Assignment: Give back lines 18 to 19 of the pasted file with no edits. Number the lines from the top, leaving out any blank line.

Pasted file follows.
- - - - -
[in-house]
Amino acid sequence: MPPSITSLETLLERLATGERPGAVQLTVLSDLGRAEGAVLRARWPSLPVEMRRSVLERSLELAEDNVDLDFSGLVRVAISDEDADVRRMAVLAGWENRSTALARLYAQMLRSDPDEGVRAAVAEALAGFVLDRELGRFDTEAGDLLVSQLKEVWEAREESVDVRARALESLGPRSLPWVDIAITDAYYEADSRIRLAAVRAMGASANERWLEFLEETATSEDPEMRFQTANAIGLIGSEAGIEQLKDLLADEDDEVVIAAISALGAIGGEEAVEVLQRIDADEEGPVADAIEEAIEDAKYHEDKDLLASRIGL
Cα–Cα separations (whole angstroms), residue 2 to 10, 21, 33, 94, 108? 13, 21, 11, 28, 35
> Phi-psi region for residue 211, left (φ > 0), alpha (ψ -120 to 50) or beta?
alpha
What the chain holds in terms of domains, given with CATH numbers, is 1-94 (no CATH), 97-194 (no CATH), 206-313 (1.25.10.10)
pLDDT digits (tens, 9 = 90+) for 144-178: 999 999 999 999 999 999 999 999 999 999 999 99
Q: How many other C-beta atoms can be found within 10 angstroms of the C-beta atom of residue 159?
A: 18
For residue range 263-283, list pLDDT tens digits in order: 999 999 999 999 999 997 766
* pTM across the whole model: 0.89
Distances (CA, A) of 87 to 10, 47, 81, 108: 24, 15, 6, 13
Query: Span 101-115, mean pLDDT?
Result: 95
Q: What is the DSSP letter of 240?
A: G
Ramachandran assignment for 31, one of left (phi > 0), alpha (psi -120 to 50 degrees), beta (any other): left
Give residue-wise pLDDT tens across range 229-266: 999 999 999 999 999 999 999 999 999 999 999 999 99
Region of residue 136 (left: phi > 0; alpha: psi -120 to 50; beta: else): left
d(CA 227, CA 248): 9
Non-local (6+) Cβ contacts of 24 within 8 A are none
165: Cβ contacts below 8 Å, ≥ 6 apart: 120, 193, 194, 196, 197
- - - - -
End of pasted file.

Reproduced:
Give residue-wise pLDDT tens across range 229-266: 999 999 999 999 999 999 999 999 999 999 999 999 99
Region of residue 136 (left: phi > 0; alpha: psi -120 to 50; beta: else): left